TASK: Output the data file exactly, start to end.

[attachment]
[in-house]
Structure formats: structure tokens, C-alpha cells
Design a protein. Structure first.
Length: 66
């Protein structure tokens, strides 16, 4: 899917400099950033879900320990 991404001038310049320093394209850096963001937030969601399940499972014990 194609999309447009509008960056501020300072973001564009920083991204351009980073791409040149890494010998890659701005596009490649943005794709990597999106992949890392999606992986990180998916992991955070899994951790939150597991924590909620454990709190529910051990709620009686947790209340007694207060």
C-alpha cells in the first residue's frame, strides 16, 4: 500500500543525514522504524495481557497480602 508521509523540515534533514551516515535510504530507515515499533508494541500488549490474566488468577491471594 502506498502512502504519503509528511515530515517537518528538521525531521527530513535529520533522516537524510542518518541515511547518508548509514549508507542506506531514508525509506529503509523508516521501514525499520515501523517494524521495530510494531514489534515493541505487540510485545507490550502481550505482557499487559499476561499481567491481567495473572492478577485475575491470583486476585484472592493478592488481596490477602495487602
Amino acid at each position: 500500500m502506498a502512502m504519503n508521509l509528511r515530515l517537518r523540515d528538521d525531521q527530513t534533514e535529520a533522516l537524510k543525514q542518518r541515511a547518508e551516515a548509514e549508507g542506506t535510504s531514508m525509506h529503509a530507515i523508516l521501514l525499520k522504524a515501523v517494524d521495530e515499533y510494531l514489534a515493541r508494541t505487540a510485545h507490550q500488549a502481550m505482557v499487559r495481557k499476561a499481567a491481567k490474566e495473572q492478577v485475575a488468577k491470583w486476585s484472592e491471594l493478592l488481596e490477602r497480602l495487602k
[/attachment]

[in-house]
Structure formats: structure tokens, C-alpha cells
Design a protein. Structure first.
Length: 66
């Protein structure tokens, strides 16, 4: 899917400099950033879900320990 991404001038310049320093394209850096963001937030969601399940499972014990 194609999309447009509008960056501020300072973001564009920083991204351009980073791409040149890494010998890659701005596009490649943005794709990597999106992949890392999606992986990180998916992991955070899994951790939150597991924590909620454990709190529910051990709620009686947790209340007694207060």
C-alpha cells in the first residue's frame, strides 16, 4: 500500500543525514522504524495481557497480602 508521509523540515534533514551516515535510504530507515515499533508494541500488549490474566488468577491471594 502506498502512502504519503509528511515530515517537518528538521525531521527530513535529520533522516537524510542518518541515511547518508548509514549508507542506506531514508525509506529503509523508516521501514525499520515501523517494524521495530510494531514489534515493541505487540510485545507490550502481550505482557499487559499476561499481567491481567495473572492478577485475575491470583486476585484472592493478592488481596490477602495487602
Amino acid at each position: 500500500m502506498a502512502m504519503n508521509l509528511r515530515l517537518r523540515d528538521d525531521q527530513t534533514e535529520a533522516l537524510k543525514q542518518r541515511a547518508e551516515a548509514e549508507g542506506t535510504s531514508m525509506h529503509a530507515i523508516l521501514l525499520k522504524a515501523v517494524d521495530e515499533y510494531l514489534a515493541r508494541t505487540a510485545h507490550q500488549a502481550m505482557v499487559r495481557k499476561a499481567a491481567k490474566e495473572q492478577v485475575a488468577k491470583w486476585s484472592e491471594l493478592l488481596e490477602r497480602l495487602k